One of the most common insurance claims made by homeowners is for burst water pipes. In Ireland in 2010 there where thousands of burst pipe and water leak claims resulting in tens of millions in settlement claims.
If water pipes are not insulated adequately the water inside the pipe will freeze during very cold weather. As the water expands enormous pressure is exerted inside the pipe and eventually, it will split. The resultant leak normally does not happen straight away as the frozen water (ice) prevents running water from leaking through the split pipe. As the sun rises and the temperature increases the frozen water in the pipe begins to melt, allowing water to flow through the split. It is not unusual for an unsuspecting homeowner to leave home not knowing anything is amiss, only to return later and find substantial flooding in their house.
The most devastating and expensive water leaks in a home are normally those that originate from the water storage tank or from its associated plumbing within the attic space. The water supply to a storage tank is supplied by the rising mains, which are pressurised. A water tank is not usually susceptible to leaks as there is room for freezing water to expand without exerting any damaging force, consequently, most leaks occur in the water pipes that are connected to the tank as there is no allowance for expansion in this area of the plumbing.
In more modern homes the attic floor is often well insulated. The insulation to a water storage tank and plumbing usually prevents pipes from freezing during our typical winters, however, if we get extremely cold freezing weather, then even insulated pipes can freeze and burst.
The resulting water leak spreads out over the attic floor effectively destroying the dry-lined ceilings below, the dry-lined walls it runs down, timber floors, timber/chipboard wardrobe and kitchen units, doors, architraves, skirtings, personal belongings, furniture, carpets, electronics, electrical switches, sockets, and connections. Insulation in the attic floor will also need to be replaced.
If the water leak is caught very early and just runs over the dry-lined walls, ceilings, timber floors, and kitchen units and is mopped up and dried out immediately then the damage can be very minor; however, if the water is allowed to soak into these materials irreparable damage can be caused, and the cost of repairs can become very expensive.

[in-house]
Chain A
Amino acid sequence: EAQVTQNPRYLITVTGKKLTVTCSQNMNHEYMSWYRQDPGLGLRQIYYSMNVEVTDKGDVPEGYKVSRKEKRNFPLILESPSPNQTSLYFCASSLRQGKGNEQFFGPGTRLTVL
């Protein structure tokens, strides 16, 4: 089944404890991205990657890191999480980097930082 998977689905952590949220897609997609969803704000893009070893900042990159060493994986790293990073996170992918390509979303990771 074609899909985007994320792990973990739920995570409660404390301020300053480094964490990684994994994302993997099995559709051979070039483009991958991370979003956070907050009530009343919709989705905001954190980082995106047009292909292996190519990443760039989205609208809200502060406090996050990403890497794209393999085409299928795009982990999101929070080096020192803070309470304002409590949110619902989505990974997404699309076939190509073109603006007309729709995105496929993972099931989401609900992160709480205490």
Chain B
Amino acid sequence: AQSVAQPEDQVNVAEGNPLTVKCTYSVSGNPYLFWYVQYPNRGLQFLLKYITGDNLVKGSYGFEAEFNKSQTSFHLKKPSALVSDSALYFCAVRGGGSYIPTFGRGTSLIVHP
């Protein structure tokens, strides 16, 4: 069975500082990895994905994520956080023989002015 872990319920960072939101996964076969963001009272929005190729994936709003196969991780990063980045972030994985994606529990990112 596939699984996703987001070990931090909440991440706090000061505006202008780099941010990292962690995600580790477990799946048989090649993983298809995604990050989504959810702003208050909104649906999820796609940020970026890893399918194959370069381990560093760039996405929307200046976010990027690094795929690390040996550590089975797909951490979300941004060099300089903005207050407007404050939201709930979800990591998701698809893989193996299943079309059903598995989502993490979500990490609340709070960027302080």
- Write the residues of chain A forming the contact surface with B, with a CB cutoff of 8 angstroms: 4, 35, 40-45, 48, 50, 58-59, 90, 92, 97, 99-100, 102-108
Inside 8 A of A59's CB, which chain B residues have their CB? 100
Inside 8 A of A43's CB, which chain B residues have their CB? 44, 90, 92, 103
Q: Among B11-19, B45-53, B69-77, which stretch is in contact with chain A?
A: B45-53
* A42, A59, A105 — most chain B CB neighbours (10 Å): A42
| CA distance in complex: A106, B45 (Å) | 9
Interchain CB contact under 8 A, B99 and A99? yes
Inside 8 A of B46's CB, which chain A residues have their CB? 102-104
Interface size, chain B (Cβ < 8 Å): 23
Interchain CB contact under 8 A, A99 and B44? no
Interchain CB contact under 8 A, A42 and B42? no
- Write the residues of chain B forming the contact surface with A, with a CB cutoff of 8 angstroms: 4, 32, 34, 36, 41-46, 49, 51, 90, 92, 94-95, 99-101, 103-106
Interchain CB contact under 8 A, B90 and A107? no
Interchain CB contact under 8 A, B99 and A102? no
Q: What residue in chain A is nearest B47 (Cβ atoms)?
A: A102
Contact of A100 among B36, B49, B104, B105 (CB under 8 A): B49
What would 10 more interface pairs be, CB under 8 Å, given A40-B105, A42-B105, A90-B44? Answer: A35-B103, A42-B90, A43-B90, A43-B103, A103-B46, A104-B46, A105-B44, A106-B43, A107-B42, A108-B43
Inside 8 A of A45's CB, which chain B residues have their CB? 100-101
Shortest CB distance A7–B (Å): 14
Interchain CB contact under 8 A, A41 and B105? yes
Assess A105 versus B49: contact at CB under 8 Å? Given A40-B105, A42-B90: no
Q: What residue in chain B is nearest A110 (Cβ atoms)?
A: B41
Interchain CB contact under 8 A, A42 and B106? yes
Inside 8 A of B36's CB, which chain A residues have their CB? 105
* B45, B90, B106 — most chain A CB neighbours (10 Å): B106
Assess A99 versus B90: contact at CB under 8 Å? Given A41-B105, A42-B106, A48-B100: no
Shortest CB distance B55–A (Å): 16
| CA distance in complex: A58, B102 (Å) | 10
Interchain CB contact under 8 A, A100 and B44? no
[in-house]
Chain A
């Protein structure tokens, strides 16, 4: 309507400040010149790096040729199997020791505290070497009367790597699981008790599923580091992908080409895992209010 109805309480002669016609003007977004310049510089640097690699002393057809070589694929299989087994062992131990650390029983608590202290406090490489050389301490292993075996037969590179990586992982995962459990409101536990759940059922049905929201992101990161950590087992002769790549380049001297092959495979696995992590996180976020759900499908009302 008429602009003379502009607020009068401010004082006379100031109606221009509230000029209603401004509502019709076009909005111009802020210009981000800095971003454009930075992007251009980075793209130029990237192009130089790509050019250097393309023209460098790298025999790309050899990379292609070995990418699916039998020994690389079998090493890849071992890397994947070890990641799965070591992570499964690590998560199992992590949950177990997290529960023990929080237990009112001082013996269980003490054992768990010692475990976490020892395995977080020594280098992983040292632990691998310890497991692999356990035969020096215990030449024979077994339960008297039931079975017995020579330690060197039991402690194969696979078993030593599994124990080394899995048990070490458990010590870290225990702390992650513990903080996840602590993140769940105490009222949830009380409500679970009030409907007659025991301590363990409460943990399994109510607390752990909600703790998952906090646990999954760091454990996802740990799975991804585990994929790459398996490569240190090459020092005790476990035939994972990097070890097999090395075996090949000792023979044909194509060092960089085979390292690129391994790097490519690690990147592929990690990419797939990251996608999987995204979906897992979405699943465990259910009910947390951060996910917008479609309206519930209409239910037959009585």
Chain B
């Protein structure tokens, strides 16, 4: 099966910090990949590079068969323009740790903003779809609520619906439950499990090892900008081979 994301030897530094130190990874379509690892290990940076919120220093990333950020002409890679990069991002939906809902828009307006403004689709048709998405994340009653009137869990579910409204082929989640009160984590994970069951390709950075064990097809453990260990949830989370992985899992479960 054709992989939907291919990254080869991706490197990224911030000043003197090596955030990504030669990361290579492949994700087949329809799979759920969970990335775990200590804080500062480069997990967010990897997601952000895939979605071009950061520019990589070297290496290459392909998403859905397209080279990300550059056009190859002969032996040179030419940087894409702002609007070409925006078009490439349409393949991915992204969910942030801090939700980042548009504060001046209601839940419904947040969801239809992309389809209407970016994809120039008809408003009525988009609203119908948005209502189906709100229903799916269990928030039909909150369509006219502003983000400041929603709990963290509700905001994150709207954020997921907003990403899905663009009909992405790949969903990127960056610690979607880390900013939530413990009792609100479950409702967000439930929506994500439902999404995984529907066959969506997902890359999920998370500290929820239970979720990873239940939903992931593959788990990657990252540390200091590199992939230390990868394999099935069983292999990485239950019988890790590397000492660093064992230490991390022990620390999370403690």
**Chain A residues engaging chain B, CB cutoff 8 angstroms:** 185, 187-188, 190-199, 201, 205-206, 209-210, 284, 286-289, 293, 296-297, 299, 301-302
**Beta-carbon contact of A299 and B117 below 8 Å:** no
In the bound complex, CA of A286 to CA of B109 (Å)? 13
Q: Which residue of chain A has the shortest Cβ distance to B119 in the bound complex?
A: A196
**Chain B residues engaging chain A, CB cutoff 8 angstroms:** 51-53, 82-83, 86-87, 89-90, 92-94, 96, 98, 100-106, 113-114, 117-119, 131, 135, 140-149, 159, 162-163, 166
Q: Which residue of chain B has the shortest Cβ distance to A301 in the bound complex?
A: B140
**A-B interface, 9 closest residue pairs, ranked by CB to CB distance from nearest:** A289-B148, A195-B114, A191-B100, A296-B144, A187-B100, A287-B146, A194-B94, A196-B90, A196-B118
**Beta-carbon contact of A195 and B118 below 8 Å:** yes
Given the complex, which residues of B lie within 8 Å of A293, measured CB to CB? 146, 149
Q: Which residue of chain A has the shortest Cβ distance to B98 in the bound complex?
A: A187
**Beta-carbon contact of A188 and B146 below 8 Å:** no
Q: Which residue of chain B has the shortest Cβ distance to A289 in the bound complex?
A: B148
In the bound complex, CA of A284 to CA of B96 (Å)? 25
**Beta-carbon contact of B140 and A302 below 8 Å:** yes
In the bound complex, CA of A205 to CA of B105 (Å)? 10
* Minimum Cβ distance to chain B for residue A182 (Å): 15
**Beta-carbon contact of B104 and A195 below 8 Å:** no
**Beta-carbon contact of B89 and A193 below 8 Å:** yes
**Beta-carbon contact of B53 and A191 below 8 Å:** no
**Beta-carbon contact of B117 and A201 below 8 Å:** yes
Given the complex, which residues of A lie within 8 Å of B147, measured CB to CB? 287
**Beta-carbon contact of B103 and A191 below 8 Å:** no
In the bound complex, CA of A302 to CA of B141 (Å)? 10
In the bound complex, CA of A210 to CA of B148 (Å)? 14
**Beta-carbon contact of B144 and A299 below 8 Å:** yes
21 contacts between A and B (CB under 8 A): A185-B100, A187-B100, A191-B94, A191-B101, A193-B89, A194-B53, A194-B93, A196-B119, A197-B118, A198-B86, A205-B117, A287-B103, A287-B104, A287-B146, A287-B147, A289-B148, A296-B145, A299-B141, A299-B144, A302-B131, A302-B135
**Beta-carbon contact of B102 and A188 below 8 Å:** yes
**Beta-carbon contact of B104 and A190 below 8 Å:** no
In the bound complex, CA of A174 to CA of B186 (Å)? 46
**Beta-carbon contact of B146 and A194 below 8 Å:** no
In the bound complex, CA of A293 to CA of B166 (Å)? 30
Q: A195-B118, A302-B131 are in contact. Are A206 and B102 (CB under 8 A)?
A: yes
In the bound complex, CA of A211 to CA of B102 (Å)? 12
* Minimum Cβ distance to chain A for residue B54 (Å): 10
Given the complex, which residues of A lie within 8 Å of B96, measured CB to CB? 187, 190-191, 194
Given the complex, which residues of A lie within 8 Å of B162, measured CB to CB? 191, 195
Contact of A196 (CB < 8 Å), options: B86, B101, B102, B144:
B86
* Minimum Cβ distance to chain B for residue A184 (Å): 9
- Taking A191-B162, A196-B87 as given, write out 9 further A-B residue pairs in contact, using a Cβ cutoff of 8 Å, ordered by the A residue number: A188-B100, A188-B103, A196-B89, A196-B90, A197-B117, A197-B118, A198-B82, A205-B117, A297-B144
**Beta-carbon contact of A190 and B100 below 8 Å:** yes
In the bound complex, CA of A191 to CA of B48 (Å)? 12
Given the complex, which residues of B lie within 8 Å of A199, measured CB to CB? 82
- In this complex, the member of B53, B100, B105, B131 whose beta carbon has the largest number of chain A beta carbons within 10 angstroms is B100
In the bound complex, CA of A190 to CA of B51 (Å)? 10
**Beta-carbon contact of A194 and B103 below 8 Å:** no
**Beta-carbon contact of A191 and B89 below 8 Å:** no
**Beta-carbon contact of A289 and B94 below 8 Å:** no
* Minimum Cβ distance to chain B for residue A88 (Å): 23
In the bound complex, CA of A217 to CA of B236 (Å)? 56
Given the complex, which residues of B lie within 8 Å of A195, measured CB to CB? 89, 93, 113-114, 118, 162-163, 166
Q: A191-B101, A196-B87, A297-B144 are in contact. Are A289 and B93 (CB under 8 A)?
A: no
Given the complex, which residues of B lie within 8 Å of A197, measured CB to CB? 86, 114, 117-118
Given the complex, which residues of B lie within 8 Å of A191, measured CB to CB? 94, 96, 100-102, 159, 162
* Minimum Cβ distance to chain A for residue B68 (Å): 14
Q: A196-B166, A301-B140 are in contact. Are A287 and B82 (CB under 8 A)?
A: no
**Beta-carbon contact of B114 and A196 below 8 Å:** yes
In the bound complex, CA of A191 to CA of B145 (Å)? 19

In 2011 several insurance companies in Ireland wrote and advised homeowners of the terms and conditions in their insurance policies and pointed out that if their house was to be vacant for longer than an advised period of time that they should turn off the water at the rising mains and drain the water system. This is very important in relation to holiday houses which are likely to be empty for extended periods of time. It is always advisable to take your time reading and understanding your insurance policy and complying with the conditions stated, otherwise a future claim may be rejected. If you are unsure about any terms in your policy seek written clarification from your insurance company.
Small water leaks can cause substantial damage before the house owner becomes aware of them, and can result in settlement amounts in the region of €10,000. Larger water leaks which usually occur when they are not noticed for several days can result in significant damage and cost over €100,000 to repair.
If you are unfortunate enough to experience a water leak, then it advisable to obtain an independent quotation for repair works from a builder and / or advice from a building surveyor, before accepting an assessment for repairs from your insurance company or from their nominated builder. Insurance companies obviously want to maximise their profits and will pay out the minimum claim that a client is prepared to accept. To continue being recommended by an Insurance Company nominated builders are expected to supply very competitive quotations for the minimum amount of work. Independent quotations and advice should include all of the structural and cosmetic works implicated and required to restore your home to its previous condition and will help you to be confident when accepting a claim that all of the necessary works have been included.